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The Future of Transactional Deal Teams - Part 2 - Due Diligence

Continuing from my previous blog post where I discussed various law firm staffing models for finance transactions and their approaches to drafting loan documents, let's now delve into the intricacies of due diligence in a typical real estate loan transaction.

Traditional Big Law Deal Team
Traditional Big Law Deal Team
Traditional Big Law Team with Less Junior Associates
Traditional Big Law Team with Less Junior Associates
Legal Team of the Future
Legal Team of the Future


Due Diligence

Examples of due diligence tasks in the context of a real estate transaction are review of various items such as title commitments, surveys, entity search results, organizational documents and non-recorded agreements related to the property. These tasks are crucial in ensuring the smooth and successful completion of a real estate loan transaction.

Traditional Big Law Team

  • This is often a black box of billable time where associates review various documents and provide summaries to the partner, which then get cleaned up and sent to the client.   This is often what junior associates spend a large amount of their time on during any given day and this is not work the partner wants to do (or can do given their rate and the length and volume of documents),

  • Title and survey review can be particularly expensive, even if performed by a paralegal.  Usually there is a large number of title documents to carefully review to confirm there are no hidden issues (which can often be subtle like indemnities or rights of reversion).  This is a very important part of any transaction, but often the cost outweighs the cost of some of the high value legal work like document negotiation because of the time to complete this task.
  • A typical transaction will also require junior associates or paralegals to review other non-recorded agreements related to the operation of the property (property management agreements, leases, asset management agreements).  Often a summary will be produced which is sent to the client.  This is also a very expensive task for a law firm and some of these tasks are already being outsourced or performed in-house by clients to save costs.
  • All of this work often goes through multiple levels or review and revision and ends up being very expensive.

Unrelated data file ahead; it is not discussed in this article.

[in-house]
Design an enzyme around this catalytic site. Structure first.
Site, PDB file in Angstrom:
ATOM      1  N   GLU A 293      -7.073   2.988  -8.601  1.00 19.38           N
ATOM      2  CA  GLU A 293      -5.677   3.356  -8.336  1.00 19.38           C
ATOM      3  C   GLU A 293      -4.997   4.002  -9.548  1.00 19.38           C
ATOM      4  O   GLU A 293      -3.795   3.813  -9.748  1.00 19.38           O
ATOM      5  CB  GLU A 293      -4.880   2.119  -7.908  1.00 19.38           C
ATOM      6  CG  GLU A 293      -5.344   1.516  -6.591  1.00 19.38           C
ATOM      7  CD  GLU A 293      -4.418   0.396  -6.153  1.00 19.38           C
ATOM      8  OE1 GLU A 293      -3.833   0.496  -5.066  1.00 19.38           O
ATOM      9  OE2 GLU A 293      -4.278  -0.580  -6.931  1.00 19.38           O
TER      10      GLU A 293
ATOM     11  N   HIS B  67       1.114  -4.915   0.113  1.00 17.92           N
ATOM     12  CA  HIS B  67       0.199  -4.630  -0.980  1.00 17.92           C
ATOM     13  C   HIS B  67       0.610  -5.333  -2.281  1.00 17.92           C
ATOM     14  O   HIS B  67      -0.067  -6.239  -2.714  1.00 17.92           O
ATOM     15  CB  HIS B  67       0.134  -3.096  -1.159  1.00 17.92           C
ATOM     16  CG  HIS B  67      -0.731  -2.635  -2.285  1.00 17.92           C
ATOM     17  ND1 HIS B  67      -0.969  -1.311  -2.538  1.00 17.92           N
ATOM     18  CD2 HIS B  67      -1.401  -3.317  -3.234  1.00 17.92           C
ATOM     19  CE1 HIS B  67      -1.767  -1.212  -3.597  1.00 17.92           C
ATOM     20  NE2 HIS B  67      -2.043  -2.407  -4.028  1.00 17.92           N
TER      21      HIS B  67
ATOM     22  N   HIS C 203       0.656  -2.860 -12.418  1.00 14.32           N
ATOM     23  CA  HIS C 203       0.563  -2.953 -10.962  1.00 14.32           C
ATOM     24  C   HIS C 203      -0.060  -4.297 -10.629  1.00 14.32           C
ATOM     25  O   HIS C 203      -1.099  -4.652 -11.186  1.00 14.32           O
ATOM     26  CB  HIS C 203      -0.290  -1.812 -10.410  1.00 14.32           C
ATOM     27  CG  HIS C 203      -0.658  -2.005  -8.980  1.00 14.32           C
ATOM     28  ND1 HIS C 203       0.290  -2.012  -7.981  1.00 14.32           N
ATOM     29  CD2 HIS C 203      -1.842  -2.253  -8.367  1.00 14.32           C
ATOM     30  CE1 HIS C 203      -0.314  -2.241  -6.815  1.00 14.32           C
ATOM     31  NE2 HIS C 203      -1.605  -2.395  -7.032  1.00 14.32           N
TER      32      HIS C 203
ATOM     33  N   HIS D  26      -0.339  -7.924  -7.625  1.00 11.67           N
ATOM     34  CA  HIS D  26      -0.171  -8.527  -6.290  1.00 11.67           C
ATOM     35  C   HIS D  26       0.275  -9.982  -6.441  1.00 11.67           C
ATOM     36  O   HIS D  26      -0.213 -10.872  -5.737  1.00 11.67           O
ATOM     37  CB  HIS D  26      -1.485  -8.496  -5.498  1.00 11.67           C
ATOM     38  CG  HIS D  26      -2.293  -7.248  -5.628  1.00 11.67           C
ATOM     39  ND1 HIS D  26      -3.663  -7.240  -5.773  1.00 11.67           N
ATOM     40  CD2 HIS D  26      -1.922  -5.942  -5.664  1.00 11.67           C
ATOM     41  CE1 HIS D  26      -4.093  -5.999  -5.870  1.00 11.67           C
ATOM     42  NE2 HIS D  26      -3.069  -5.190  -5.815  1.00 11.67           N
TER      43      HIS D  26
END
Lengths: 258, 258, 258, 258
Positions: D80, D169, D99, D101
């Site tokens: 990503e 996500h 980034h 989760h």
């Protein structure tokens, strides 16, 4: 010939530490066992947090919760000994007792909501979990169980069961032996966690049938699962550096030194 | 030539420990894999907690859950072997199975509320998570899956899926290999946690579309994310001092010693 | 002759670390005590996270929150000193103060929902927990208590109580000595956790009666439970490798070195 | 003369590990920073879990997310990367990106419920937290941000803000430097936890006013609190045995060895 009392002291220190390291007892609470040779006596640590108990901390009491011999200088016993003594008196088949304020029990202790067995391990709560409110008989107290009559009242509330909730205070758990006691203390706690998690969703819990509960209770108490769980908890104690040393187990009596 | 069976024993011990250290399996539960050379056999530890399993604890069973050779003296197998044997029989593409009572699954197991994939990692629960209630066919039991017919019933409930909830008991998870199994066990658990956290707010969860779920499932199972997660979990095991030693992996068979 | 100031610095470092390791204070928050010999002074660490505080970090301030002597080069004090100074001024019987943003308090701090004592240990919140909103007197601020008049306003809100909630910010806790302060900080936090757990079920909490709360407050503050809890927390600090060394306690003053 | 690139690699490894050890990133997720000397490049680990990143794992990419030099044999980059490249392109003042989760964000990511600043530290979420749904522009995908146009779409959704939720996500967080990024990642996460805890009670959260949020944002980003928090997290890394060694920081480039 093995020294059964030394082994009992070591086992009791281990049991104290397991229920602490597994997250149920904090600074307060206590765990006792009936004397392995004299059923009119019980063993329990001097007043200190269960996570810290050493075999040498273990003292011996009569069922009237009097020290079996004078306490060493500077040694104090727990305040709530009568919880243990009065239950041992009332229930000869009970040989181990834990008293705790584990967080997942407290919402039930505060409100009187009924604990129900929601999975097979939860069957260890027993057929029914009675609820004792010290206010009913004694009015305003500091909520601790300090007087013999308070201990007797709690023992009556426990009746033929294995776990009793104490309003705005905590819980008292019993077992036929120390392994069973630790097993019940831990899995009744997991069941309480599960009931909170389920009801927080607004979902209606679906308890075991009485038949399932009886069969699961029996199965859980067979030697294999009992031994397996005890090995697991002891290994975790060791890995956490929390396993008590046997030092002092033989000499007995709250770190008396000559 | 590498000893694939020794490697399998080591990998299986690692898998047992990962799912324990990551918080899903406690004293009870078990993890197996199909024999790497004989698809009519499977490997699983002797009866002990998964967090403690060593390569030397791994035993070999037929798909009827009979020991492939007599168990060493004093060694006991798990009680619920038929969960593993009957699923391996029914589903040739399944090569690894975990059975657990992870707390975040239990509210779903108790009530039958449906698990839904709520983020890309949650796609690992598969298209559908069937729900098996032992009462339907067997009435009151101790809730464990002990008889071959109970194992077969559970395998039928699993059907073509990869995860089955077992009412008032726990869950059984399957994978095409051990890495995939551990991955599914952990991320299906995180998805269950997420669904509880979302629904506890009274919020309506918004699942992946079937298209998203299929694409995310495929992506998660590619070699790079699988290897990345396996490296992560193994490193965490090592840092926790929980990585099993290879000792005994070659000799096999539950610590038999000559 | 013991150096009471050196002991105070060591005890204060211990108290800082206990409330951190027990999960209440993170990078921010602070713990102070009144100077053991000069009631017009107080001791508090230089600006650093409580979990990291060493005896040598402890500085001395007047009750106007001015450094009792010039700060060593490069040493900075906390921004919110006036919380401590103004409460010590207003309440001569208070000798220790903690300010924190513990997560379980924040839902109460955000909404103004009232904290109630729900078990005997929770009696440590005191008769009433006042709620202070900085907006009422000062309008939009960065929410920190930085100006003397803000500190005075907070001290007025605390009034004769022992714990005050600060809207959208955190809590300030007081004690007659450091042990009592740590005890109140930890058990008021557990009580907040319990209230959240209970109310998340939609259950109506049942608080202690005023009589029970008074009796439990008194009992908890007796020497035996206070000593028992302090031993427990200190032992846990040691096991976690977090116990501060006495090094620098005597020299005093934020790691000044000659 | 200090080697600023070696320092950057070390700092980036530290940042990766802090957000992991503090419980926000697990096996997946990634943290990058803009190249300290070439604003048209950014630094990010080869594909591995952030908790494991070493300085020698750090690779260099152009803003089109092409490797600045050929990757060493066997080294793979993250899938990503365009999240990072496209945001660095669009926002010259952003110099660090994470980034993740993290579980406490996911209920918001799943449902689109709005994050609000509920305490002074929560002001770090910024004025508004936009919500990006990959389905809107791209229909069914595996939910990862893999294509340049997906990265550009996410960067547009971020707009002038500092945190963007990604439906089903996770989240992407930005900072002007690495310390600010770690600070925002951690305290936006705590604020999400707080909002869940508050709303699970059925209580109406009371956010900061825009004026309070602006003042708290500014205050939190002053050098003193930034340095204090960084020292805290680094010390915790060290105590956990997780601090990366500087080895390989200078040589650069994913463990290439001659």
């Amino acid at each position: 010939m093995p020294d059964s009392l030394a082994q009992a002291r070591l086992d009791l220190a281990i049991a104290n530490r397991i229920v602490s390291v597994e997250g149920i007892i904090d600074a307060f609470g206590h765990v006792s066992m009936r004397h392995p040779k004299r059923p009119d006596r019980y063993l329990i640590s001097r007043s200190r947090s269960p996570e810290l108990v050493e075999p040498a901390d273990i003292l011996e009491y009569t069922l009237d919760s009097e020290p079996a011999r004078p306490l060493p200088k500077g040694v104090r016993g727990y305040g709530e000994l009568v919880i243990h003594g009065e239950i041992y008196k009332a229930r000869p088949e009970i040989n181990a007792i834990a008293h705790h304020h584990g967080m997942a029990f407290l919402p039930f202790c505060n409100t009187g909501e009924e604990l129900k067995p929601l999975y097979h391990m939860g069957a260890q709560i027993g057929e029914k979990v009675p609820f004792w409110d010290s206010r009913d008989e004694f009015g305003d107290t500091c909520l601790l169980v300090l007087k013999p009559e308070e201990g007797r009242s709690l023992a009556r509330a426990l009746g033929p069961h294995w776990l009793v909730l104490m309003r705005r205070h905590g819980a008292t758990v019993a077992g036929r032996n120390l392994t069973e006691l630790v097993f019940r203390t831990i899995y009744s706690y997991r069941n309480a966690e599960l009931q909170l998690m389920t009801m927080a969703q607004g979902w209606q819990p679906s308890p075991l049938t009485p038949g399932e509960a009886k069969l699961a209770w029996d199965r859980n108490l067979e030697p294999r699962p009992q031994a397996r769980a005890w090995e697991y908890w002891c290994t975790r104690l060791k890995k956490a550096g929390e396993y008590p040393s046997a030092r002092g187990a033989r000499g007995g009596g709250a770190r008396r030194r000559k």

Traditional Big Law Team with Less Junior Associates

  • In some cases this team can actually handle due diligence tasks more efficiently because more senior lawyers know what to focus on.  This works especially well when the team has high quality paralegals that can handle title and survey review, so the senior lawyer can quickly review their work.
  • Senior lawyers are also good at writing the final work product to deliver to the client, so this model does cut out the multiple levels or review and usually results in high quality and fast work product.
  • The downside is that often partners and senior lawyers are left doing very junior tasks.  You still need to read all of the documents and that does take a long time.  When things get very busy this model becomes stressed quickly.

Legal Team of the Future

  • The legal team of the future will rely heavily on AI tools to jump start the due diligence process.  Even if these tools are not perfect now, I expect they will start to get better and better over the next few years as models improve and lawyers and vendors come up with creative solutions to speed up these tasks.

  • Large language models are very good at reading and writing.  As a result, they can be very useful in reviewing documents quickly and providing summaries but currently there are some limitations.  For example, large documents need to be broken up and this can sometimes result in the model failing to connect concepts across the pieces of the documents.  They also are not able to incorporate facts or reasoning into their review unless carefully guided by the user. 

  • This all said, very soon it will be common for teams to upload a document into an AI tool that produces a really good summary that can then be further refined and checked by a lawyer.  The legal team can then take those summaries, clean them up and provide insight and action items to the client.  This should work well for title review, summarizing property related agreements and reviewing things like search results or organizational documents.

  • While technology will never fully replace the expertise of a trained human eye, these tools will serve as an additional set of eyes, significantly minimizing the chances of human error.
  • The legal team of the future will become more and more comfortable with deploying fixed fees for transactions because there will be less of a variance in due diligence costs (which drive up fees and often result in write-offs).  

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